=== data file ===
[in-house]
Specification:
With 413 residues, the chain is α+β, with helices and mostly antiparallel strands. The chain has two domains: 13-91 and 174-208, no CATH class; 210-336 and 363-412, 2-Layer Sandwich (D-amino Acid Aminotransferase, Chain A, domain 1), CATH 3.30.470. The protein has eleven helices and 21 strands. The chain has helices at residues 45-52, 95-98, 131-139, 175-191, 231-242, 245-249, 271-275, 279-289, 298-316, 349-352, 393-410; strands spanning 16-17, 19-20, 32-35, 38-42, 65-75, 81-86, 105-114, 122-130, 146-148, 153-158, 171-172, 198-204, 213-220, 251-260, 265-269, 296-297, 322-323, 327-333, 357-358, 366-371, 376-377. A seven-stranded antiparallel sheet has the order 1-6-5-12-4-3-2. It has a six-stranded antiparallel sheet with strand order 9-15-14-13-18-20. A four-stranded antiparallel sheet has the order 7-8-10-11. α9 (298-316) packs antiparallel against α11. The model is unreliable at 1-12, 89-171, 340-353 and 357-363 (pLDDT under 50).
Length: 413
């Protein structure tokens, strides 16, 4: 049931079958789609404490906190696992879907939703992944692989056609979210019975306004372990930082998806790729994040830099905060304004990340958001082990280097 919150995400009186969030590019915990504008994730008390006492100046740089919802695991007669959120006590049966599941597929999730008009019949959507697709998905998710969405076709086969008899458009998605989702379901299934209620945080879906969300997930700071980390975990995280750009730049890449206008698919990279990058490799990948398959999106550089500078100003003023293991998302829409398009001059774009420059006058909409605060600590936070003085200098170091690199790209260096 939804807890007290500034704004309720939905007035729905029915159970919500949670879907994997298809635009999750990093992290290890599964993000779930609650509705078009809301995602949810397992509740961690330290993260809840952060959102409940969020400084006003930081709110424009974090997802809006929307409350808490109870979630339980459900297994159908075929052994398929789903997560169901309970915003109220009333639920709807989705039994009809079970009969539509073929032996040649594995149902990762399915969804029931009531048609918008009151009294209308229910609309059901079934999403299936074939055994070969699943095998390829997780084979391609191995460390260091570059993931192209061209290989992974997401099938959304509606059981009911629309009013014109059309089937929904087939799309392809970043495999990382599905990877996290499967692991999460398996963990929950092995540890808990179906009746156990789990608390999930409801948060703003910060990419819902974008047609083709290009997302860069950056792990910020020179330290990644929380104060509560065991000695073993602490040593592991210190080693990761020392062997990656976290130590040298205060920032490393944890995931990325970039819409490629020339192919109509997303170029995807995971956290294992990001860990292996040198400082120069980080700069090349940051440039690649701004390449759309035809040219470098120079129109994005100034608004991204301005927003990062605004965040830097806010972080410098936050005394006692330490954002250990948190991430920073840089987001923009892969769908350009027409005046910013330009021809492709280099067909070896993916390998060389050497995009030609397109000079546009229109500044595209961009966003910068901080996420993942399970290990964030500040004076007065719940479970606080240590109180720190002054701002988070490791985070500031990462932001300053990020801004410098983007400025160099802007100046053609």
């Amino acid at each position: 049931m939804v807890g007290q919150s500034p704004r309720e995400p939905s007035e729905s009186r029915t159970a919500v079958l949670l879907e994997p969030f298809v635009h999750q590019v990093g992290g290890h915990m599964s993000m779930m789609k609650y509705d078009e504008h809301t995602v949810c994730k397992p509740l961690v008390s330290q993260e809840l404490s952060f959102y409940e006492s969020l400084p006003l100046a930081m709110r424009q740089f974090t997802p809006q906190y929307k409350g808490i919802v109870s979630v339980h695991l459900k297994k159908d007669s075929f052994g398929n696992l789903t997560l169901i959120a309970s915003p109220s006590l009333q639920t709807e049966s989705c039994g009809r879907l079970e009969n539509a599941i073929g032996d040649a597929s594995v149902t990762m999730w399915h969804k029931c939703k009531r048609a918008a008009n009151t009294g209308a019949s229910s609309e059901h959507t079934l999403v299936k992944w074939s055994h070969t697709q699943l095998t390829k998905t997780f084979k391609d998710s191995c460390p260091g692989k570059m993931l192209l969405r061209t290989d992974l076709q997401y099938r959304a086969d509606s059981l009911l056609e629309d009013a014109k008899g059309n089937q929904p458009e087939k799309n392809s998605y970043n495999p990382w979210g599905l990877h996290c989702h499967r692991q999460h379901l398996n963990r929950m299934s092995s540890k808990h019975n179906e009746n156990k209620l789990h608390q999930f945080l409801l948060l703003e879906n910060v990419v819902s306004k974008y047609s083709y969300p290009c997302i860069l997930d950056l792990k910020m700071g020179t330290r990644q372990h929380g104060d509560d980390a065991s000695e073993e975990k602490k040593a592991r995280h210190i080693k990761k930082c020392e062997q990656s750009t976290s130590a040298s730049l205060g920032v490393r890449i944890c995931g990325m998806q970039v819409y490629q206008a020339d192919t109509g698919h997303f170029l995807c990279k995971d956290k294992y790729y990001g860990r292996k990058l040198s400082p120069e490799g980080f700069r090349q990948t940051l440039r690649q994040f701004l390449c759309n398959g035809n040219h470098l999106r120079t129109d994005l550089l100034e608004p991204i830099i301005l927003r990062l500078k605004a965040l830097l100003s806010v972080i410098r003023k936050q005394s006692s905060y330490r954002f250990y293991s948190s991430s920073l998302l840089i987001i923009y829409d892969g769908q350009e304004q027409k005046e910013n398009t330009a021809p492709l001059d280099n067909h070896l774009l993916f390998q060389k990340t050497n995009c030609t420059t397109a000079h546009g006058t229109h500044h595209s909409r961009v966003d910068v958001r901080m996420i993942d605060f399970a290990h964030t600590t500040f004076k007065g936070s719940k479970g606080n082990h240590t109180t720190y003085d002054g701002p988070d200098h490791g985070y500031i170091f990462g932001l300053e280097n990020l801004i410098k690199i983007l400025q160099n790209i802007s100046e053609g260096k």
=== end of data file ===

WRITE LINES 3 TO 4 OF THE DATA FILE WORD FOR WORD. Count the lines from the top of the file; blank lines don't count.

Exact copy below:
With 413 residues, the chain is α+β, with helices and mostly antiparallel strands. The chain has two domains: 13-91 and 174-208, no CATH class; 210-336 and 363-412, 2-Layer Sandwich (D-amino Acid Aminotransferase, Chain A, domain 1), CATH 3.30.470. The protein has eleven helices and 21 strands. The chain has helices at residues 45-52, 95-98, 131-139, 175-191, 231-242, 245-249, 271-275, 279-289, 298-316, 349-352, 393-410; strands spanning 16-17, 19-20, 32-35, 38-42, 65-75, 81-86, 105-114, 122-130, 146-148, 153-158, 171-172, 198-204, 213-220, 251-260, 265-269, 296-297, 322-323, 327-333, 357-358, 366-371, 376-377. A seven-stranded antiparallel sheet has the order 1-6-5-12-4-3-2. It has a six-stranded antiparallel sheet with strand order 9-15-14-13-18-20. A four-stranded antiparallel sheet has the order 7-8-10-11. α9 (298-316) packs antiparallel against α11. The model is unreliable at 1-12, 89-171, 340-353 and 357-363 (pLDDT under 50).
Length: 413